Denny participates in several online classes.....and of course I can't recall the name of the one she's currently enjoying. A bonus for the group recently was a pattern for this tote bag featuring houses that are also incorporated into the class quilt. She loves the size as it fits this clever Lap App. It's a padded device that sits on ones' lap to create a comfortable height for hand sewing or reading.
When not in use, it collapses and fits nicely in her tote bag!
Here's another piece Denny made....she's the queen of layering......
Gen continues to play with alcohol inks.....doing a bit of 'tangle drawing'...these are awesome! Visit again when my next post unveils this month's successful activity.....
Fortunately, my stash includes two bins of ultra-suede scraps which translate well for small motifs where texture is beneficial. I like to trace the design onto freezer paper, press it to ultra-suede and cut out using a very sharp small scissors. If necessary, a dab of glue can be used to hold the item in place as it's hand appliquéd in position.
Once the accent motifs were in place, as much of the stabilizer as possible was trimmed away. Next, as you can see by the needle and thread, I began the tedious task of carefully stitching the edges of the hankie to its background. Stay tuned......
Back in 2015, two pals and I tried our hands at eco printing.
After mostly disappointing results, I decided to abandon the idea of printing with leaves and instead to process some vintage textiles that I'd brought along in an iron water bath. They were squeezed into fabric balls, contained with string and simmered for about an hour.
I can't tell you how many times I've pulled them from my stash, only to put them back after being unable to move forward with a workable design on their small size, about 9" x 10". Finally it came to me.....perhaps they could be transformed and then mounted on pieces of dyed silk noil or ???? Why did they have to be stand alone....which was my original thought?!?
Of course every bin and stack of fabric I own was gone through before finally settling on an approach. This piece is still in the works......so it will be interesting to see what the final decision turns out to be.
A lot of thought went into how to stablize the embroidered/lacey textile and yet retain the details. Pellon non-fusible light-weight stabilizer, as is often my choice, was placed on the wrong side of the piece. I plan to cut away all exposed sections beyond the center section where the motifs will be placed.
The biggest hurtle was developing a way to transfer the design lines to the fabric! The use of pencil or other such tracing material was out......too risky in case I changed my mind about location etc. Removing those marks may prove to be impossible. Here's what I came up with.....borrowing a transfer method I often employ when beading. With tracing paper over the hankie, the outline of the center section was recorded. Next, I spent a good amount of time auditioning small scale foliage designs within the marked boundaries using pencil and eraser. To transfer the final design to the hankie, the paper pattern was positioned on the right side of the fabric and secured with small silk pins. With thread to match, I machine stitched a line down the center of each branch. Carefully the paper was torn away, revealing a guide for the hand embroidery.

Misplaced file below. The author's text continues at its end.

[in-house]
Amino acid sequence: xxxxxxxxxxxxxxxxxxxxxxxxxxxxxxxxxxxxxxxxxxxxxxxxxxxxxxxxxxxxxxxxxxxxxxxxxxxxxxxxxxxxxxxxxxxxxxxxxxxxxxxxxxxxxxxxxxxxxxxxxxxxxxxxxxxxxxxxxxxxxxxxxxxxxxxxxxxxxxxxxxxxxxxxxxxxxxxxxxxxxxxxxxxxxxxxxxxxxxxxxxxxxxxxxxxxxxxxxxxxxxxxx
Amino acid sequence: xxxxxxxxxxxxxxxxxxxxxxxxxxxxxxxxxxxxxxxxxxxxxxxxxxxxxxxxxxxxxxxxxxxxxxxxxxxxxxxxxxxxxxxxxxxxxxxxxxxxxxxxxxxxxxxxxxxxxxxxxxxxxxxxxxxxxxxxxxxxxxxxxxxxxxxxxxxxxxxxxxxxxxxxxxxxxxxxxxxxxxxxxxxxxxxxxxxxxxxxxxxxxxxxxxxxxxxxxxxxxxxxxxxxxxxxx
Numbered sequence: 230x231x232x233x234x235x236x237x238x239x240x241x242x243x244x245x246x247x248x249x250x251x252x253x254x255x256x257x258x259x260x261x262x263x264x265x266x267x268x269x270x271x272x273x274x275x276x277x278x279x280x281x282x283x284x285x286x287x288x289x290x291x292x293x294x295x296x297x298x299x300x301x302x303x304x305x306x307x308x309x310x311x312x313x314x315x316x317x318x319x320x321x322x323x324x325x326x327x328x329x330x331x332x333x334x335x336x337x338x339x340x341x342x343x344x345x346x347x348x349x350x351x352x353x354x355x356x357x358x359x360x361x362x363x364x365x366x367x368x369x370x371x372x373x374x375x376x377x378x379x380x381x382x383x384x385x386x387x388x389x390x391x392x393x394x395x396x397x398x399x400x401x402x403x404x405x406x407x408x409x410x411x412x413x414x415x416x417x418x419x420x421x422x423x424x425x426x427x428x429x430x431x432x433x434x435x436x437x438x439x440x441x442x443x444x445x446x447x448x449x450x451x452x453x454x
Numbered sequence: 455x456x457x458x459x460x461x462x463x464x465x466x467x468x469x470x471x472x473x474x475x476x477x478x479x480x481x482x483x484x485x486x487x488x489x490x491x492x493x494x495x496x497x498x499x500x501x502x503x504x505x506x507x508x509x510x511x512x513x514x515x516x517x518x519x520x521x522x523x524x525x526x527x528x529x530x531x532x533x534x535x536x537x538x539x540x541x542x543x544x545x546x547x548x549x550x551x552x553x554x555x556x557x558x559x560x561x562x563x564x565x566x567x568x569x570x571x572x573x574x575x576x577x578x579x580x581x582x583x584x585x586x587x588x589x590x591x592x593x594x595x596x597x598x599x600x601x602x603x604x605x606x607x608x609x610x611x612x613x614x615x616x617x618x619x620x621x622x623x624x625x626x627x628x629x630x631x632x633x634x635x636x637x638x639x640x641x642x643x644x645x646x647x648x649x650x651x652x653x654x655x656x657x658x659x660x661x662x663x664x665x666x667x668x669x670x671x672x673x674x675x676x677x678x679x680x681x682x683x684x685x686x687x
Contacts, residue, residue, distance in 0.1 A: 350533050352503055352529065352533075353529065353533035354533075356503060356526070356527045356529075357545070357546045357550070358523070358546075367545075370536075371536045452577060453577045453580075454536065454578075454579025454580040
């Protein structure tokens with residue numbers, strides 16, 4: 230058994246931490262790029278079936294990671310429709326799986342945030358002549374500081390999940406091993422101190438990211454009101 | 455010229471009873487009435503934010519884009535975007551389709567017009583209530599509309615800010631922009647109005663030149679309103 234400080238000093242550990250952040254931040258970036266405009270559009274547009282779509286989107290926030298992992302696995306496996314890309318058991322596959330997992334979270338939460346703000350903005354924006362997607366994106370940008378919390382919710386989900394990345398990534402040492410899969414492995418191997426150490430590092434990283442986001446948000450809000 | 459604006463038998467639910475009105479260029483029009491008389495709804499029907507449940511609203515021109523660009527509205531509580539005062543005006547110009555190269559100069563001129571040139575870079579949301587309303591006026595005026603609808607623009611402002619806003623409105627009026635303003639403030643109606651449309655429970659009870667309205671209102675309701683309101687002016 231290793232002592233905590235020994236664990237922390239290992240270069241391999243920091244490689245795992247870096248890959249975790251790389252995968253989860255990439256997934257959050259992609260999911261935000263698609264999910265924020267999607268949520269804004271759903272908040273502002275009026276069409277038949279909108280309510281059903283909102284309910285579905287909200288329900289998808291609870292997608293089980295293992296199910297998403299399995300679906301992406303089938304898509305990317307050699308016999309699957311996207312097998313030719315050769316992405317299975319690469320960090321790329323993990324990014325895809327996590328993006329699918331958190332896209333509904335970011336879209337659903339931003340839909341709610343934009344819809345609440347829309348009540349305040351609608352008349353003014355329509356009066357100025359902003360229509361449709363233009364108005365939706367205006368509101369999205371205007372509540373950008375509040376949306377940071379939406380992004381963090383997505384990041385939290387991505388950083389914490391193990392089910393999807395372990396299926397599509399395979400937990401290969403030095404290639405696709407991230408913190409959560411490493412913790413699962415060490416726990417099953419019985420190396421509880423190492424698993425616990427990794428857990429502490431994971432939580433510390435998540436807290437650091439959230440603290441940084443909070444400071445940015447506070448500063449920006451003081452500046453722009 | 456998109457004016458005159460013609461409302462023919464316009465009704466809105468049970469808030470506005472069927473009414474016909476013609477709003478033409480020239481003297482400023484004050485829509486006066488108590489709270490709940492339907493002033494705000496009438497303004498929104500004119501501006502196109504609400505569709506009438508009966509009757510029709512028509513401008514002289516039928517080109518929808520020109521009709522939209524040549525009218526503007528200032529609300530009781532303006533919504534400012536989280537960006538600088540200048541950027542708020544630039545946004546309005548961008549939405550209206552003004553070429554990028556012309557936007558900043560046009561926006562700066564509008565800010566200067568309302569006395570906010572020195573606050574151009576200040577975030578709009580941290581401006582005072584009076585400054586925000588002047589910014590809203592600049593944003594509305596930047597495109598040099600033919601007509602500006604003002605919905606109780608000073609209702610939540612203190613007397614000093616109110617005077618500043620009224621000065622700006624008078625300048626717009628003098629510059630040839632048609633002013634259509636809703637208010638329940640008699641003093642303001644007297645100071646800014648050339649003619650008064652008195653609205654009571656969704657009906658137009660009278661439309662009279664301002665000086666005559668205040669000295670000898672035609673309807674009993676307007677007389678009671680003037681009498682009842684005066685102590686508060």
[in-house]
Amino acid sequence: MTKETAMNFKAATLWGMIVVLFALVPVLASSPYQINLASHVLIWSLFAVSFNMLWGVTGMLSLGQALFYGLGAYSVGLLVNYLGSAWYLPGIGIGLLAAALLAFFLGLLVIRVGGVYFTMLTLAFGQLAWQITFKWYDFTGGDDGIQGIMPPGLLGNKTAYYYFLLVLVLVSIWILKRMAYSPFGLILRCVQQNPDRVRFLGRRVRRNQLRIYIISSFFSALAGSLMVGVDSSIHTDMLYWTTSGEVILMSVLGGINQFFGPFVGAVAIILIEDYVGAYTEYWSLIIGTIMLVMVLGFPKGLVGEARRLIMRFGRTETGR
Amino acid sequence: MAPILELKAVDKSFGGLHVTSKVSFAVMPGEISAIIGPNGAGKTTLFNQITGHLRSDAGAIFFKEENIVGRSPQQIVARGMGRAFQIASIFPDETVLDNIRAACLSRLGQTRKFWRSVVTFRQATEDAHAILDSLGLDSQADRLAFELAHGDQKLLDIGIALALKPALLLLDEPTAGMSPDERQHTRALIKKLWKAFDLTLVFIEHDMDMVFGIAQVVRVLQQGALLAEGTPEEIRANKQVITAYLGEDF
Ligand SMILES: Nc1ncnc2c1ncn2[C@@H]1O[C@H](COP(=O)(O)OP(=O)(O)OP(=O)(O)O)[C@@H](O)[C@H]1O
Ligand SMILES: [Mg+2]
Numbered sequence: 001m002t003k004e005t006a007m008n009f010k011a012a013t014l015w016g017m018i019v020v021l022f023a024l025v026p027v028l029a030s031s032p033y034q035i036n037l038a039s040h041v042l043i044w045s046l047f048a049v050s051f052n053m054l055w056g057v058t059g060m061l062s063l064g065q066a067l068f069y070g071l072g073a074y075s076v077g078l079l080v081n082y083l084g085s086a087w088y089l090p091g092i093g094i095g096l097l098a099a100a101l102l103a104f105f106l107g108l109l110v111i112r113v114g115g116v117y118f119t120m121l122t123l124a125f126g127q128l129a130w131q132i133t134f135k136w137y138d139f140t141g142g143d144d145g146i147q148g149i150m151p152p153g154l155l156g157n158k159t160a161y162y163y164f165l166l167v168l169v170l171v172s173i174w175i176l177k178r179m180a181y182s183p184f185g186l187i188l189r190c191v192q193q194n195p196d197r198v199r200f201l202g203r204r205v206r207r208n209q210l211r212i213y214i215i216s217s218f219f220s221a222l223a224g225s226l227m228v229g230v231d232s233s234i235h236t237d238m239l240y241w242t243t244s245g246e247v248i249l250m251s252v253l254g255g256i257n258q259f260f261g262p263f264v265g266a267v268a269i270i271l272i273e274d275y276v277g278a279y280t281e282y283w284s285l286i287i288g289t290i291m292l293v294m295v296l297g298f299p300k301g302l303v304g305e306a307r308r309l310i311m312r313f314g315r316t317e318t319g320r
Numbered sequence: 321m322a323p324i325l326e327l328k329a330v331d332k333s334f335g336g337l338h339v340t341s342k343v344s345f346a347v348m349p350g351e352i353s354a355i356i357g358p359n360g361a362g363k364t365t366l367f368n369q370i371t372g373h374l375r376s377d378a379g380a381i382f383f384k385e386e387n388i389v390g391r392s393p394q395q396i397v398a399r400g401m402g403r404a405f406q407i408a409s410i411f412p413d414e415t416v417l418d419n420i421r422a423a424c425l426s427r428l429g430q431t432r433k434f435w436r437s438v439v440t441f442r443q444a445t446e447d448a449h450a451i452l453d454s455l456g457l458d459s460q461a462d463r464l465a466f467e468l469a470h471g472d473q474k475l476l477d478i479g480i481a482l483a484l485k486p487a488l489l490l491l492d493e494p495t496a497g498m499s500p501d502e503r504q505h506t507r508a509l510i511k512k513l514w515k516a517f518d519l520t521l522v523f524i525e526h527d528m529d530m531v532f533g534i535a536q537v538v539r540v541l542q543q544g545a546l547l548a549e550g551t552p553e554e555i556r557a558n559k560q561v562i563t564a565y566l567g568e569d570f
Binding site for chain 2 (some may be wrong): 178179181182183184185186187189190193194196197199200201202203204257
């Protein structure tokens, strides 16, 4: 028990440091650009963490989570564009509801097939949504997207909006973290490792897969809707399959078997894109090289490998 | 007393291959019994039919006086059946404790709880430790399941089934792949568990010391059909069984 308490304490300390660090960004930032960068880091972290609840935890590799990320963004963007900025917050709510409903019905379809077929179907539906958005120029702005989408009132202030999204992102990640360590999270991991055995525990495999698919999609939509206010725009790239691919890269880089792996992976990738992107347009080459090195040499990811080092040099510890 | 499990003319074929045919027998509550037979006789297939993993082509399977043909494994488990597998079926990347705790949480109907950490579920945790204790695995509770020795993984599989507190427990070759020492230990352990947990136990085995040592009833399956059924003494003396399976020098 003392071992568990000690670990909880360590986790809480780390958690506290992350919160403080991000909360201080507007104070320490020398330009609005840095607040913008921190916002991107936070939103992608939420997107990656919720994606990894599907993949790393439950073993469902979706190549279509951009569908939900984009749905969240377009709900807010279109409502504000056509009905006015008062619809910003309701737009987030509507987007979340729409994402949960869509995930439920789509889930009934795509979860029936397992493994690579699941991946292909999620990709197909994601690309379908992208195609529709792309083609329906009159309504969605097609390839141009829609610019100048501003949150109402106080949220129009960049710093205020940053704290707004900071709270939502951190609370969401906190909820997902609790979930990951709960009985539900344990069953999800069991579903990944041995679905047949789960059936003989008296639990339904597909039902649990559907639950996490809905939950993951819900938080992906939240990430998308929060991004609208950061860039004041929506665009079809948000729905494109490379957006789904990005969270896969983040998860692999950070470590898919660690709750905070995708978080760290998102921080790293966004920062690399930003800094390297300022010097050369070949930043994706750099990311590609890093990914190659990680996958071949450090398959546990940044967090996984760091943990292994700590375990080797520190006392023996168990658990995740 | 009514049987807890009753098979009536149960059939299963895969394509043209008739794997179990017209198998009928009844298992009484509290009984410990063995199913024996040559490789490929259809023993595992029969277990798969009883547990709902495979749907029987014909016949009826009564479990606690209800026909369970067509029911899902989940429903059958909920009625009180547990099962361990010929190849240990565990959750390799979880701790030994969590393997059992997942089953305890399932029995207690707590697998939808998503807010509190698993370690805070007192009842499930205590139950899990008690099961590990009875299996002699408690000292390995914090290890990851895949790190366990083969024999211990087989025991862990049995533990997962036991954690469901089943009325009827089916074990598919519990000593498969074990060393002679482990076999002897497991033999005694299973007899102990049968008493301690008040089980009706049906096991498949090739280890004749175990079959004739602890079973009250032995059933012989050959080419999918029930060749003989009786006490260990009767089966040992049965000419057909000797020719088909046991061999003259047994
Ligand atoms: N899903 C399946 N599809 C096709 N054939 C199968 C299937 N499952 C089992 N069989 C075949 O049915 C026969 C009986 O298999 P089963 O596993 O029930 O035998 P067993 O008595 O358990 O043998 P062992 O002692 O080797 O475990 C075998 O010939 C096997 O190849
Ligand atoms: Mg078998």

As the first line of embroidery was added for every branch, the guideline was removed. This approach eliminated all possibilities of having offending marks on the work. Stay tuned....I'm gearing up to add the remaining designs....
A new week and the beginning of another new project. I don't keep track of the time spent on each piece.....it takes whatever the design/construction requires. Period! I can say however that a good 6-8 hours each day is average....till it's finished.
Much of my work incorporates my hand-dyed fabrics. Time spent dyeing would be impossible to factor for each individual piece, nor honestly do I want to know! For instance, this piece began life as a piece of white silk noil. It was accordion pleated, secured with clips, dyed and then over-dyed in acid dye baths.
The dyed fabric reminded me of a murky marsh, so my thoughts were directed toward marsh plant materials. Naturally, out came piles of green fabrics. The design is being born. A number of years ago, I designed a line of trapunto stencils for Quilting Creations which I revisited for these cattail motifs. I'm simply playing with cut fabric on my design wall......lots of adding and subtracting, a normal process for me.
The fused appliqué motifs will be finished with machine stitching. I'm very picky in regard to construction and had always preferred hand appliqué since it was tidier. My pal Linda Cantrell, known for her fabulous hand appliqué has now turned to fusing due to hand pain. She introduced me on to 'Fray Block' to tame those cut fabric edges. It can almost totally eliminate those unsightly threads that poke out after machine stitching. It doesn't stain the fabric as long as one follows the manufacturer's directions.....basically the tube is warmed in hot water for 10 mins. I like to apply it using a very thin paint brush.